Thursday, September 29, 2011

Anger and "aesthetic celebration"

Three encounters in the past couple of weeks... the first a get-together with a friend who was betrayed: magnificently, horribly, off-the-charts betrayed.  In the time since we last saw her, she has come back to her "self," the intense, energetic, contrary and fabulous person we knew. Maybe better. She says she isn't spending time anymore with  people who are, underneath it all, angry about something... and it's funny, because if anyone ever had the right to be angry, it would be this woman, but that isn't the way she went.

The second encounter was with the writings of an artist -- someone who is successful, even revered -- but angry, so angry, all the time. So angry that the art -- the thing we all live for, no? -- gets lost in the venom.  Wasn't there any option?

Third encounter: My husband set a couple of books on the table this morning. One of them was Richard Foreman's Unbalancing Acts, plays and essays published in 1992. And I picked it up and began to re-read it. I had forgotten how persuasively he discusses his approaches to his art. And it is a way of thinking that wakes up the artistic voice and uses any found anger as a dancing partner. (The only other book that gave me back a sense of perspective in hard times was Gertrude Stein's Mrs. Reynolds. More on that another time).  I have written here about Richard Foreman before (May 16 and July 2, 2011), and his website is -- do visit!

Foreman describes what he wants to do in "the rhythm of" his plays: to "induce a fast scanning mechanism in the spectator's brain, a hum in his consciousness akin to the Om of the universe in the eastern tradition. To attain that hum, you might first voraciously pursue all the baubles the world offers, look at each for an intense moment, and then throw it aside." And then, he says, you keep looking and replacing each new thing until what you discover is that it is "the hum of the movement that engulfs you" (22).  His art, he says, is the art "that focuses on the hum, the energetic blur, of ... [a] spinning top, rtaher than on the pictures [that would be] visible after it has come to rest and died" (23). And I think this is how our friend played it... she could have focused on the individual pictures, the freeze-frame of the betrayal, now a dead thing,  but instead she has continued to move forward and make her own humming world.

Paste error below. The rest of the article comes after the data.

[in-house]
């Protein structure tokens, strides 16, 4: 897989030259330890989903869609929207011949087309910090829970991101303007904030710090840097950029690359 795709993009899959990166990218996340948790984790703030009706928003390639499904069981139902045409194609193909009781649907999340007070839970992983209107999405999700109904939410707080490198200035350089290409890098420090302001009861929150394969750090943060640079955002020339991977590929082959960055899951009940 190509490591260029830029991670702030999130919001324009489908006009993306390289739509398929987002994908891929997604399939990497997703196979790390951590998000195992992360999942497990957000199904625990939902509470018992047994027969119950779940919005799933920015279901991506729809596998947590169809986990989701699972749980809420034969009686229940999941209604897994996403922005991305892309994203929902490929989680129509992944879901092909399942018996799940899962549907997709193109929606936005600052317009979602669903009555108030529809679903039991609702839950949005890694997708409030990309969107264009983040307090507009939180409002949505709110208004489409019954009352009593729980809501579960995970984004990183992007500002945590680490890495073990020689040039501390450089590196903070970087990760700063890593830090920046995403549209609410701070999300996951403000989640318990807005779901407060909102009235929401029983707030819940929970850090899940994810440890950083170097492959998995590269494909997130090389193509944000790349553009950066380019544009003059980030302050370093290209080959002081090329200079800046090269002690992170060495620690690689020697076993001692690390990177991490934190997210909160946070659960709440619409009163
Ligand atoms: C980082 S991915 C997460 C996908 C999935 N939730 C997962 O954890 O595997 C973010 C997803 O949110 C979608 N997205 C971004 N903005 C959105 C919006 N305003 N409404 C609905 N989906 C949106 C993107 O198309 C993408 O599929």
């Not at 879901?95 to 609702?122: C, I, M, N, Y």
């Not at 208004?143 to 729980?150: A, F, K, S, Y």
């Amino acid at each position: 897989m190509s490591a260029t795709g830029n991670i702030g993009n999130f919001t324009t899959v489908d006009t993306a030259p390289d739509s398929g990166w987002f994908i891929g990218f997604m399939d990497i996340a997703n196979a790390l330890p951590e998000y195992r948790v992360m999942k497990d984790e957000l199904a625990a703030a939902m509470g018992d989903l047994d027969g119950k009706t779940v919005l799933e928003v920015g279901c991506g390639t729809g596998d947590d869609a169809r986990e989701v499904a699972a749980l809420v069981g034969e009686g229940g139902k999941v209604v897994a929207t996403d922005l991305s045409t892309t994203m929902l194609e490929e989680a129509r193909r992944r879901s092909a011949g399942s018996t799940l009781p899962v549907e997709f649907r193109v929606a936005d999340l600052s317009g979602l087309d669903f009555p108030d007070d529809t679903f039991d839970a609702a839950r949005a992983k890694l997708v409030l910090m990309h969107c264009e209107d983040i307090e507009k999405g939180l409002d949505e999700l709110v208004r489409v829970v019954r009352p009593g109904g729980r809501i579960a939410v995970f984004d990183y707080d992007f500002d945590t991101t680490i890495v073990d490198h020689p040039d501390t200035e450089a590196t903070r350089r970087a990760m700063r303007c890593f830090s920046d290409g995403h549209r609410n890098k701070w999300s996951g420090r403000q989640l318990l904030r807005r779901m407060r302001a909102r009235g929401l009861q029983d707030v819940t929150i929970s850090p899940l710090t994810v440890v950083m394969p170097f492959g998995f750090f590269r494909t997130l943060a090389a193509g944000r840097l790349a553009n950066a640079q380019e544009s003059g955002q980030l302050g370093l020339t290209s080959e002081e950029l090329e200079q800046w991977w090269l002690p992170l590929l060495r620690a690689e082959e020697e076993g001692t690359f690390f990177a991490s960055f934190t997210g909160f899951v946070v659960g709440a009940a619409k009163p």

And then Foreman notes that we often see our lives, in the current cultural context, as heading somewhere, progressing towards some specific goal, and we tend, unfortunately, to concentrate on all the big stuff that gets us to the goal-line. But the writers he sees as his influences knew that "every detail of life, including everything usually dismissed as irrelevant or marginal, is of mind-blowing importance .... the incidental stuff left out of the goal-oriented narrative of your life is actually the crucial, potent, soul-making material" (26).  And I remember that when a friend died, what got to me was not remembering his lovely, generous way of bringing people on two sides of an argument together; it was seeing his open, worn, brown leather key-case lying next to his casket.  So are friends remembered, and so are people healed, with the small, almost over-looked, fragments of life. Foreman says this is just a way of teaching yourself to see, all over again: "you want to realize that the world you see is made by the way you see it" (26).  You can do this.  It's a way of seeing.

And the angry artist? It's a question, Foreman says, of "scale": "looked at from the proper distance -- if you are properly detached, and able to compassionately identify with the passions that may be driving [an argument, an obstacle] ... -- the hexagons of conflict may either enlarge, or reduce, until you find you're suddenly viewing them on a different scale, tuned into the harmonic hum of the universe" (28).  Our society, Foreman says, is not really good at "manifest love."  But "the monoliths you perceive as blocking your path to happiness are, in fact, clouds of language and impulse in continual circulation; and you can enter inside these clouds, and dance with these elements" (29-30).  So this is what I would wish upon my artist -- whatever it is that underlies this anger, it cannot make it past your own determination to transform your perception of it.... let go, make it into a dance, a painting, a poem.

One last note: my mother was diagnosed with polio in 1946 at the age of 26. Again, if anyone should have been angry, it should have been her.  But I never saw her angry about what had happened. And  after she died, I kept her writing-case, and inside her address book was tucked this quotation, in her handwriting, lines she wanted to remember:

This is what Richard Foreman calls "aesthetic celebration."

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